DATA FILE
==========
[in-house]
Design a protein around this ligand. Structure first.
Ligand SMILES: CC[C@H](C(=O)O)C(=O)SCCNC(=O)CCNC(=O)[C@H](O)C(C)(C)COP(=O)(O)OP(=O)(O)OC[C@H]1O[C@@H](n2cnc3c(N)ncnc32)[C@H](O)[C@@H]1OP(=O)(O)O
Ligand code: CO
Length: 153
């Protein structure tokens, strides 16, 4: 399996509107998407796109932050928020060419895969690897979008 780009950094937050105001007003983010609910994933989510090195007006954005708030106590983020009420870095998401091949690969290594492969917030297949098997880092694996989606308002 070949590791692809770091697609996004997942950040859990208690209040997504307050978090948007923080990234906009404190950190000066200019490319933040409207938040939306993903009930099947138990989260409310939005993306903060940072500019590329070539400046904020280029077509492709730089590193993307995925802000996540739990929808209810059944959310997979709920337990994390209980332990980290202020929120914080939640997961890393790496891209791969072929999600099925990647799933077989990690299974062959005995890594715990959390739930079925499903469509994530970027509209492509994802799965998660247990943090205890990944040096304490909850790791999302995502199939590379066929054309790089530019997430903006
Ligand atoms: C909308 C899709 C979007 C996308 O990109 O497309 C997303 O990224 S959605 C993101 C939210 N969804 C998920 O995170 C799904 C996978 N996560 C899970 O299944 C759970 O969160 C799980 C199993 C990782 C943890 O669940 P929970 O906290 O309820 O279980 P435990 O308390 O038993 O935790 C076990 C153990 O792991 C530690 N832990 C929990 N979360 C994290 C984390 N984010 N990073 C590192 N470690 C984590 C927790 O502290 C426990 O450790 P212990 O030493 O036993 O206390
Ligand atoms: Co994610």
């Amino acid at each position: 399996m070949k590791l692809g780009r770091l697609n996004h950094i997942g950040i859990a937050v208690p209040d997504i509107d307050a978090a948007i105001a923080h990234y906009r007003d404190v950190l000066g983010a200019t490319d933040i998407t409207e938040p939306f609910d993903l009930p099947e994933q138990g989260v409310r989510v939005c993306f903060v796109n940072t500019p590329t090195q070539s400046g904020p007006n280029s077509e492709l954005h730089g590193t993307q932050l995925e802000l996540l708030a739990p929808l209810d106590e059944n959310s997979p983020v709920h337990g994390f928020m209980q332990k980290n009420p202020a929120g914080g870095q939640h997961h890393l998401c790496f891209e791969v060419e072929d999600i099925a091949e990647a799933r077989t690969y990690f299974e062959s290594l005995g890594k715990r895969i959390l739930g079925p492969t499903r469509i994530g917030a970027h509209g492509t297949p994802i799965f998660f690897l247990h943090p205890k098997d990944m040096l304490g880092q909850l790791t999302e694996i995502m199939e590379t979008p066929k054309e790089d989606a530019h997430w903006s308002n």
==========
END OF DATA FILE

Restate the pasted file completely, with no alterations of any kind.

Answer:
[in-house]
Design a protein around this ligand. Structure first.
Ligand SMILES: CC[C@H](C(=O)O)C(=O)SCCNC(=O)CCNC(=O)[C@H](O)C(C)(C)COP(=O)(O)OP(=O)(O)OC[C@H]1O[C@@H](n2cnc3c(N)ncnc32)[C@H](O)[C@@H]1OP(=O)(O)O
Ligand code: CO
Length: 153
């Protein structure tokens, strides 16, 4: 399996509107998407796109932050928020060419895969690897979008 780009950094937050105001007003983010609910994933989510090195007006954005708030106590983020009420870095998401091949690969290594492969917030297949098997880092694996989606308002 070949590791692809770091697609996004997942950040859990208690209040997504307050978090948007923080990234906009404190950190000066200019490319933040409207938040939306993903009930099947138990989260409310939005993306903060940072500019590329070539400046904020280029077509492709730089590193993307995925802000996540739990929808209810059944959310997979709920337990994390209980332990980290202020929120914080939640997961890393790496891209791969072929999600099925990647799933077989990690299974062959005995890594715990959390739930079925499903469509994530970027509209492509994802799965998660247990943090205890990944040096304490909850790791999302995502199939590379066929054309790089530019997430903006
Ligand atoms: C909308 C899709 C979007 C996308 O990109 O497309 C997303 O990224 S959605 C993101 C939210 N969804 C998920 O995170 C799904 C996978 N996560 C899970 O299944 C759970 O969160 C799980 C199993 C990782 C943890 O669940 P929970 O906290 O309820 O279980 P435990 O308390 O038993 O935790 C076990 C153990 O792991 C530690 N832990 C929990 N979360 C994290 C984390 N984010 N990073 C590192 N470690 C984590 C927790 O502290 C426990 O450790 P212990 O030493 O036993 O206390
Ligand atoms: Co994610």
């Amino acid at each position: 399996m070949k590791l692809g780009r770091l697609n996004h950094i997942g950040i859990a937050v208690p209040d997504i509107d307050a978090a948007i105001a923080h990234y906009r007003d404190v950190l000066g983010a200019t490319d933040i998407t409207e938040p939306f609910d993903l009930p099947e994933q138990g989260v409310r989510v939005c993306f903060v796109n940072t500019p590329t090195q070539s400046g904020p007006n280029s077509e492709l954005h730089g590193t993307q932050l995925e802000l996540l708030a739990p929808l209810d106590e059944n959310s997979p983020v709920h337990g994390f928020m209980q332990k980290n009420p202020a929120g914080g870095q939640h997961h890393l998401c790496f891209e791969v060419e072929d999600i099925a091949e990647a799933r077989t690969y990690f299974e062959s290594l005995g890594k715990r895969i959390l739930g079925p492969t499903r469509i994530g917030a970027h509209g492509t297949p994802i799965f998660f690897l247990h943090p205890k098997d990944m040096l304490g880092q909850l790791t999302e694996i995502m199939e590379t979008p066929k054309e790089d989606a530019h997430w903006s308002n």